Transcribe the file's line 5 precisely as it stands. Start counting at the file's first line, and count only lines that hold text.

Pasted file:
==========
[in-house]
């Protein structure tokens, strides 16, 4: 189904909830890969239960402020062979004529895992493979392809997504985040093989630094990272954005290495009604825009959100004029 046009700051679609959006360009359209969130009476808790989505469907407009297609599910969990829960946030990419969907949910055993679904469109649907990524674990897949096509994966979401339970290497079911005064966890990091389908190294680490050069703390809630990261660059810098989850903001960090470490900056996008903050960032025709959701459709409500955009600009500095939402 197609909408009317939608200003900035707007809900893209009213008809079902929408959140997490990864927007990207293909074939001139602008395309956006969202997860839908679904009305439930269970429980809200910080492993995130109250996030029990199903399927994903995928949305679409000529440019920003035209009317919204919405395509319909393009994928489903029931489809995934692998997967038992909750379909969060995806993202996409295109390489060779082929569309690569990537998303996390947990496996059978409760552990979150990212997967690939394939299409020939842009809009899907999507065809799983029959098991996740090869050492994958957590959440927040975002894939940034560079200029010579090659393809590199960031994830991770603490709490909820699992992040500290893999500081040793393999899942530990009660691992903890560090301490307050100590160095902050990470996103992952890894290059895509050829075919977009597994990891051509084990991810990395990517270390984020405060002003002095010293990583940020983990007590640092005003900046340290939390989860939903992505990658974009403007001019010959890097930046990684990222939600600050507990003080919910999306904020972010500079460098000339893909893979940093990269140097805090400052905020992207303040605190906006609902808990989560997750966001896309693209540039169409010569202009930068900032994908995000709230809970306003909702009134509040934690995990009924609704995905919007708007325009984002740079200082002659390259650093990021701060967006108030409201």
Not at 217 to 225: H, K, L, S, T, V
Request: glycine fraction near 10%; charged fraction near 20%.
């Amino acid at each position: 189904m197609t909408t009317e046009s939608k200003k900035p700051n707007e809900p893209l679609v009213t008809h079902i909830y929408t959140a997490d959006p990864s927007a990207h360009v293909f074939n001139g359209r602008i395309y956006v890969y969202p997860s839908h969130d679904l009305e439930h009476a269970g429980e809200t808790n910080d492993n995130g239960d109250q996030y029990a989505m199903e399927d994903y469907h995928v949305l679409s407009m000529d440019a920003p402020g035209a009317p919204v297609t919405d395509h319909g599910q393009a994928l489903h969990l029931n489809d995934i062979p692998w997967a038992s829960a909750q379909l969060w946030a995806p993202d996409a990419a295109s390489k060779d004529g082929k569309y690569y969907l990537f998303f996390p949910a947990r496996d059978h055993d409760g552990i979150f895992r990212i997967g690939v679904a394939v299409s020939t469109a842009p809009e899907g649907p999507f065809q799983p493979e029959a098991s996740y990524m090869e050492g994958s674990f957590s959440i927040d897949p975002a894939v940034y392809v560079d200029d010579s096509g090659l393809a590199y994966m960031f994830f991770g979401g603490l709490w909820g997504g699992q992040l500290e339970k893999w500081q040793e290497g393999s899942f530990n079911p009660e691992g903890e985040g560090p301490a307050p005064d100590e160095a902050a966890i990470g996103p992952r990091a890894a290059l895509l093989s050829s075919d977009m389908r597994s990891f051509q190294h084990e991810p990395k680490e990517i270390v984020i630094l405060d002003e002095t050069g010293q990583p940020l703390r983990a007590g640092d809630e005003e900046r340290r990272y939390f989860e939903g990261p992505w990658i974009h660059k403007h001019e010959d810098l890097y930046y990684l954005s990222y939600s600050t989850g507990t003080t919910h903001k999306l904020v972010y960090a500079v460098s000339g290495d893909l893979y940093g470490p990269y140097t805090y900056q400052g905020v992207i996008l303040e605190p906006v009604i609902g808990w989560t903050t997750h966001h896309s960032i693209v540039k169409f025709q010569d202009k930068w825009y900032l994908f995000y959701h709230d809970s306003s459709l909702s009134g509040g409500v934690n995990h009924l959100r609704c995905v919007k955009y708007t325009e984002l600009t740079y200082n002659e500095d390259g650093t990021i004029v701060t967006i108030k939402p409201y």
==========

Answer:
């Amino acid at each position: 189904m197609t909408t009317e046009s939608k200003k900035p700051n707007e809900p893209l679609v009213t008809h079902i909830y929408t959140a997490d959006p990864s927007a990207h360009v293909f074939n001139g359209r602008i395309y956006v890969y969202p997860s839908h969130d679904l009305e439930h009476a269970g429980e809200t808790n910080d492993n995130g239960d109250q996030y029990a989505m199903e399927d994903y469907h995928v949305l679409s407009m000529d440019a920003p402020g035209a009317p919204v297609t919405d395509h319909g599910q393009a994928l489903h969990l029931n489809d995934i062979p692998w997967a038992s829960a909750q379909l969060w946030a995806p993202d996409a990419a295109s390489k060779d004529g082929k569309y690569y969907l990537f998303f996390p949910a947990r496996d059978h055993d409760g552990i979150f895992r990212i997967g690939v679904a394939v299409s020939t469109a842009p809009e899907g649907p999507f065809q799983p493979e029959a098991s996740y990524m090869e050492g994958s674990f957590s959440i927040d897949p975002a894939v940034y392809v560079d200029d010579s096509g090659l393809a590199y994966m960031f994830f991770g979401g603490l709490w909820g997504g699992q992040l500290e339970k893999w500081q040793e290497g393999s899942f530990n079911p009660e691992g903890e985040g560090p301490a307050p005064d100590e160095a902050a966890i990470g996103p992952r990091a890894a290059l895509l093989s050829s075919d977009m389908r597994s990891f051509q190294h084990e991810p990395k680490e990517i270390v984020i630094l405060d002003e002095t050069g010293q990583p940020l703390r983990a007590g640092d809630e005003e900046r340290r990272y939390f989860e939903g990261p992505w990658i974009h660059k403007h001019e010959d810098l890097y930046y990684l954005s990222y939600s600050t989850g507990t003080t919910h903001k999306l904020v972010y960090a500079v460098s000339g290495d893909l893979y940093g470490p990269y140097t805090y900056q400052g905020v992207i996008l303040e605190p906006v009604i609902g808990w989560t903050t997750h966001h896309s960032i693209v540039k169409f025709q010569d202009k930068w825009y900032l994908f995000y959701h709230d809970s306003s459709l909702s009134g509040g409500v934690n995990h009924l959100r609704c995905v919007k955009y708007t325009e984002l600009t740079y200082n002659e500095d390259g650093t990021i004029v701060t967006i108030k939402p409201y």